Ben Franklin described the Native American in simplistic terms thus: "The Politeness of the Savages in Conversation is indeed carried to Excess, since it does not permit them to contradict or deny the Truth of what is asserted in their Presence; By this means they indeed avoid Disputes, but then it becomes difficult to know their Minds, or what Impression you make upon them." This was Franklin's assessment of the genuineness of the Native American -- yet it was full of that same WASP sensibility that led him to think his own kind superior to others. Franklin was a WASP through and this is evident in the rest of his letter regarding the nature of the "savages": "The Missionaries who have attempted to convert them to Christianity, all complain of this as one of the great difficulties of their Mission: The Indians hear with Patience the Truths of the Gospel explain'd to them, and give their usual Tokens of Assent & Approbation: You would think they were convinc'd. No such Matter. It is mere Civility." Franklin could not grasp how the Native American's civility was indeed a virtue: he saw it rather as a stumbling block. Yet this stumbling block was rooted in his own idea of liberty and inclusion being something only made for elites like himself -- men like Washington and Jefferson.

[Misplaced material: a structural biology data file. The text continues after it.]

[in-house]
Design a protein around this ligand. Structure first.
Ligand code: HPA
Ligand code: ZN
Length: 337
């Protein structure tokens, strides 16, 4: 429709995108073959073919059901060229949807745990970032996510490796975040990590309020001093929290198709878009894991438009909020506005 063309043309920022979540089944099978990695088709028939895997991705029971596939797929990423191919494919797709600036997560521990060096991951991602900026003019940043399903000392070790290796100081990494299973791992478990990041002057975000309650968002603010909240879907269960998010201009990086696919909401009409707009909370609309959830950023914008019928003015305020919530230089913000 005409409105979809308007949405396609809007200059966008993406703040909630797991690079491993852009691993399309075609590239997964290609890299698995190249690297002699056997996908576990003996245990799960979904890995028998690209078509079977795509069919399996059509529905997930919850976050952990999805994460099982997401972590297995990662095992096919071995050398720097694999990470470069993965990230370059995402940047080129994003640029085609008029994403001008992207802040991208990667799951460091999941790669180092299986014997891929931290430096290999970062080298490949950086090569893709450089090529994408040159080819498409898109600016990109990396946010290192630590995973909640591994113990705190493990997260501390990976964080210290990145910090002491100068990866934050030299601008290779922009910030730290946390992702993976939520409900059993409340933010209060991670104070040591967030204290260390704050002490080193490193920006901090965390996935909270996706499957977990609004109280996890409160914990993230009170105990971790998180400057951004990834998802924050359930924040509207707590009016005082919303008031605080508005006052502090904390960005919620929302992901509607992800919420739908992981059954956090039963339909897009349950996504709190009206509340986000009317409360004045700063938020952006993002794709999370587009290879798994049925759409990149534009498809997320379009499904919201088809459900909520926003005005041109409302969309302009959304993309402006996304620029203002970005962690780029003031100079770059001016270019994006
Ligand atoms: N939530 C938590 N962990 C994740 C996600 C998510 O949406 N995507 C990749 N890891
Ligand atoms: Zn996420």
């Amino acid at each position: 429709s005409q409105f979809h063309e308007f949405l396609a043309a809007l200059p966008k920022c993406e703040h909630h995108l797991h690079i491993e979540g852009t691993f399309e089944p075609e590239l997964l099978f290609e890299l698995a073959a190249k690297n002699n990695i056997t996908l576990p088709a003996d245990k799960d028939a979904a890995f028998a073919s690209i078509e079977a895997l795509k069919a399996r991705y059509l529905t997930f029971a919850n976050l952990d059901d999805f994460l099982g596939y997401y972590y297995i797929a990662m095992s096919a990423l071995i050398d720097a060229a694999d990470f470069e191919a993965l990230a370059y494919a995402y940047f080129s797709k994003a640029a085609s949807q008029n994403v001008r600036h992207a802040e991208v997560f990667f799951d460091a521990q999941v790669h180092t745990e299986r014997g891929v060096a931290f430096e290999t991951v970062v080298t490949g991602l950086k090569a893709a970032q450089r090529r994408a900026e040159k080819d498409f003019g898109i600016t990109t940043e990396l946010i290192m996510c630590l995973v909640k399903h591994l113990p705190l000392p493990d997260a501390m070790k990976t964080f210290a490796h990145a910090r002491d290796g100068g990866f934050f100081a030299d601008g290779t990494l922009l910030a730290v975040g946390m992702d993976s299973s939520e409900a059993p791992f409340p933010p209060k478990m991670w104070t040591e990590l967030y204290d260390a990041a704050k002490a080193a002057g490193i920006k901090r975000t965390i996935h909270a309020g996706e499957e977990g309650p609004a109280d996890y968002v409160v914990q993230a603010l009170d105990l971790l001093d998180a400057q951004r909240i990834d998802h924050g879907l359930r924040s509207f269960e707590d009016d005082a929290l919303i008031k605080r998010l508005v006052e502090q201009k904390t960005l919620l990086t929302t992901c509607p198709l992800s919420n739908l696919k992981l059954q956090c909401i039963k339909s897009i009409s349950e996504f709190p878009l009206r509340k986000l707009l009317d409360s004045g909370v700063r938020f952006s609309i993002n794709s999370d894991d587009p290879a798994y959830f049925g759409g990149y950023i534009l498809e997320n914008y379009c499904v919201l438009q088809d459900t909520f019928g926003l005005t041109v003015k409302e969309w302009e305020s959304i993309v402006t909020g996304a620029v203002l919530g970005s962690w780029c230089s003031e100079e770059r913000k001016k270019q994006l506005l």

As Reginald Horsman notes, Thomas Jefferson had wanted all along a Saxon model of government (Horsman 21), and he related America's coming into being to "the children of Israel in the wilderness, led by a cloud by day and pillar of fire by night" (Horsman 22). The religiosity (and Romanticism) with which the forefathers saw themselves fed right into the coming concept of "manifest destiny," a white Anglo-Saxon Protestant (WASP) idea from the start: the concept that Americans were somehow akin to God's chosen people and that the world was theirs for the harvesting. Thus, Frederick Douglass could write in his autobiography the following: "The slave prison and the church stand near each other. The clanking of fetters and the rattling of chains in the prison, and the pious psalm and solemn prayer in the church, may be heard at the same time. The dealers in the bodies and souls of men erect their stand in the presence of the pulpit, and they mutually help each other" (Douglass 240). Douglass understood that there was an intimate connection between the religion of the WASPs and the practices which they engaged in that kept others suppressed. This so-called "scientific fact" that the WASP based his racist beliefs upon was based on nothing other than racial prejudice, and this prejudice was institutionalized by cases like the Plessy v. Ferguson "separate but equal" decision, which the U.S. Supreme Court upheld in 1896 (Groves 66). The WASP culture which invented the idea of "manifest destiny" also invented the "scientific facts" which were used to oppress, enslave, and (when freed) oppress again through "Jim Crow" laws.